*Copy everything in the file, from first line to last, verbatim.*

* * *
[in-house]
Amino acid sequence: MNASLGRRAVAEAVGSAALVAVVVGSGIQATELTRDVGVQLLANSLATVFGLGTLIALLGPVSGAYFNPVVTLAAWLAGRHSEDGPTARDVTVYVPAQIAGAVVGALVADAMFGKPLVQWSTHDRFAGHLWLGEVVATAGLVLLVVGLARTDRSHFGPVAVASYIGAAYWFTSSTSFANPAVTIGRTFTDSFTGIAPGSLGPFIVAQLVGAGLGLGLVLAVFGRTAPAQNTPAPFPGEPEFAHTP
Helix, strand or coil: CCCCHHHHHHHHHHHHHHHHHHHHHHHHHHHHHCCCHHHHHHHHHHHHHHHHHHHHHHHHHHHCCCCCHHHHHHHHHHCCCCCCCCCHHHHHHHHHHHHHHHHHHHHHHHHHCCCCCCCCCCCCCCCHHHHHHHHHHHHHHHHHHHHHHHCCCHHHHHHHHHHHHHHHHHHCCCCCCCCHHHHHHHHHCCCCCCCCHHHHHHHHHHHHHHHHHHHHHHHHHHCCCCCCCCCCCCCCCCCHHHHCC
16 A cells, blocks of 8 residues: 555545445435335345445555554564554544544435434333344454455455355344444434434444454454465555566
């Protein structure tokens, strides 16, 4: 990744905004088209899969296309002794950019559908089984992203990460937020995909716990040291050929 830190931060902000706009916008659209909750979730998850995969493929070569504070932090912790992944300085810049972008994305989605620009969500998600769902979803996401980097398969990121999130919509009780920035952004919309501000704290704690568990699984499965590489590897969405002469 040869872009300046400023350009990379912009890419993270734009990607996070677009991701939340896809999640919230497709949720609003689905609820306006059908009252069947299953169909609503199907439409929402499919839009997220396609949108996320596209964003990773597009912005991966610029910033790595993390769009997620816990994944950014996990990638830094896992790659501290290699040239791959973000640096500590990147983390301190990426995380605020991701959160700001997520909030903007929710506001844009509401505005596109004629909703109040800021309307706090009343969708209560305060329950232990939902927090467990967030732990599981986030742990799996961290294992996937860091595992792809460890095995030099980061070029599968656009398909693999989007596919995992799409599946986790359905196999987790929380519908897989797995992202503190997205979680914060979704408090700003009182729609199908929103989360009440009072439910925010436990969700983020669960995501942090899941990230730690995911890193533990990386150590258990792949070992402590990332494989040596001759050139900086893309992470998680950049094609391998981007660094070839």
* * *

[in-house]
Amino acid sequence: MNASLGRRAVAEAVGSAALVAVVVGSGIQATELTRDVGVQLLANSLATVFGLGTLIALLGPVSGAYFNPVVTLAAWLAGRHSEDGPTARDVTVYVPAQIAGAVVGALVADAMFGKPLVQWSTHDRFAGHLWLGEVVATAGLVLLVVGLARTDRSHFGPVAVASYIGAAYWFTSSTSFANPAVTIGRTFTDSFTGIAPGSLGPFIVAQLVGAGLGLGLVLAVFGRTAPAQNTPAPFPGEPEFAHTP
Helix, strand or coil: CCCCHHHHHHHHHHHHHHHHHHHHHHHHHHHHHCCCHHHHHHHHHHHHHHHHHHHHHHHHHHHCCCCCHHHHHHHHHHCCCCCCCCCHHHHHHHHHHHHHHHHHHHHHHHHHCCCCCCCCCCCCCCCHHHHHHHHHHHHHHHHHHHHHHHCCCHHHHHHHHHHHHHHHHHHCCCCCCCCHHHHHHHHHCCCCCCCCHHHHHHHHHHHHHHHHHHHHHHHHHHCCCCCCCCCCCCCCCCCHHHHCC
16 A cells, blocks of 8 residues: 555545445435335345445555554564554544544435434333344454455455355344444434434444454454465555566
């Protein structure tokens, strides 16, 4: 990744905004088209899969296309002794950019559908089984992203990460937020995909716990040291050929 830190931060902000706009916008659209909750979730998850995969493929070569504070932090912790992944300085810049972008994305989605620009969500998600769902979803996401980097398969990121999130919509009780920035952004919309501000704290704690568990699984499965590489590897969405002469 040869872009300046400023350009990379912009890419993270734009990607996070677009991701939340896809999640919230497709949720609003689905609820306006059908009252069947299953169909609503199907439409929402499919839009997220396609949108996320596209964003990773597009912005991966610029910033790595993390769009997620816990994944950014996990990638830094896992790659501290290699040239791959973000640096500590990147983390301190990426995380605020991701959160700001997520909030903007929710506001844009509401505005596109004629909703109040800021309307706090009343969708209560305060329950232990939902927090467990967030732990599981986030742990799996961290294992996937860091595992792809460890095995030099980061070029599968656009398909693999989007596919995992799409599946986790359905196999987790929380519908897989797995992202503190997205979680914060979704408090700003009182729609199908929103989360009440009072439910925010436990969700983020669960995501942090899941990230730690995911890193533990990386150590258990792949070992402590990332494989040596001759050139900086893309992470998680950049094609391998981007660094070839």